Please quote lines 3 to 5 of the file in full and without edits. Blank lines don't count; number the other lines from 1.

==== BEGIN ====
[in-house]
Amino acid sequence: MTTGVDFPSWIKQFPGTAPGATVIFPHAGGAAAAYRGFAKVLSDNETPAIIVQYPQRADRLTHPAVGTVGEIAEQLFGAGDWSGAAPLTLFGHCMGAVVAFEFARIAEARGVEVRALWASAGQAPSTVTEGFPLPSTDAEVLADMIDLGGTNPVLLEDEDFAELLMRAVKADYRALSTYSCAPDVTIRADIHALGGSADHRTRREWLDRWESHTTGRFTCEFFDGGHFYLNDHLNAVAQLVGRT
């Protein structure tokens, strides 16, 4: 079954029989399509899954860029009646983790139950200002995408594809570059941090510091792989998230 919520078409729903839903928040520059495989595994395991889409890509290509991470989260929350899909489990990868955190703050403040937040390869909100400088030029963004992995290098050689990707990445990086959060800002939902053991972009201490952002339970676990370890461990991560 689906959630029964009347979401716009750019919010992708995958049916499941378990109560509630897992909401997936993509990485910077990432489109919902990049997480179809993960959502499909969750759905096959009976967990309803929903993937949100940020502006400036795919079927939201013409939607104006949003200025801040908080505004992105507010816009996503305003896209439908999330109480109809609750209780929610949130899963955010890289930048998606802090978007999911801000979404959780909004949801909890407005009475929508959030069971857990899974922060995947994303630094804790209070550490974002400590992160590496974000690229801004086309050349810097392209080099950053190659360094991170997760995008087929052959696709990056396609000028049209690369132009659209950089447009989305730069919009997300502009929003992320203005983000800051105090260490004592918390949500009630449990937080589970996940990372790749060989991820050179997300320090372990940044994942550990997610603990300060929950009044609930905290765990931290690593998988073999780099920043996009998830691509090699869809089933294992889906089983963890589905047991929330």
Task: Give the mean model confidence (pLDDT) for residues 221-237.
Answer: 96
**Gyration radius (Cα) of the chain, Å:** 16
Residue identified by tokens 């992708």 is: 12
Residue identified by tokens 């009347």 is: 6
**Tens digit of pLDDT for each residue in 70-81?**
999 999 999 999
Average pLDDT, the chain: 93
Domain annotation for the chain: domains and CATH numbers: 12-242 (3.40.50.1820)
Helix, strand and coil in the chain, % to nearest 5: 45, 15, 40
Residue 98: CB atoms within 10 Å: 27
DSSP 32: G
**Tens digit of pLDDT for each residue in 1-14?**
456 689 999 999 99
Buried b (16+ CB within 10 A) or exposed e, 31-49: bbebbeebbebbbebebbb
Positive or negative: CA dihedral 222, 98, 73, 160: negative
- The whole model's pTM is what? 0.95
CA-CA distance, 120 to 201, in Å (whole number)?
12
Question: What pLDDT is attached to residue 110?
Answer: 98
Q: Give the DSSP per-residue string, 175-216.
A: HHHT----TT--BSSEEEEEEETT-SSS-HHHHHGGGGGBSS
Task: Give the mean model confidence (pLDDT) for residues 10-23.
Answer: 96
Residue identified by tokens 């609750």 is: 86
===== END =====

């Protein structure tokens, strides 16, 4: 079954029989399509899954860029009646983790139950200002995408594809570059941090510091792989998230 919520078409729903839903928040520059495989595994395991889409890509290509991470989260929350899909489990990868955190703050403040937040390869909100400088030029963004992995290098050689990707990445990086959060800002939902053991972009201490952002339970676990370890461990991560 689906959630029964009347979401716009750019919010992708995958049916499941378990109560509630897992909401997936993509990485910077990432489109919902990049997480179809993960959502499909969750759905096959009976967990309803929903993937949100940020502006400036795919079927939201013409939607104006949003200025801040908080505004992105507010816009996503305003896209439908999330109480109809609750209780929610949130899963955010890289930048998606802090978007999911801000979404959780909004949801909890407005009475929508959030069971857990899974922060995947994303630094804790209070550490974002400590992160590496974000690229801004086309050349810097392209080099950053190659360094991170997760995008087929052959696709990056396609000028049209690369132009659209950089447009989305730069919009997300502009929003992320203005983000800051105090260490004592918390949500009630449990937080589970996940990372790749060989991820050179997300320090372990940044994942550990997610603990300060929950009044609930905290765990931290690593998988073999780099920043996009998830691509090699869809089933294992889906089983963890589905047991929330």
Task: Give the mean model confidence (pLDDT) for residues 221-237.
Answer: 96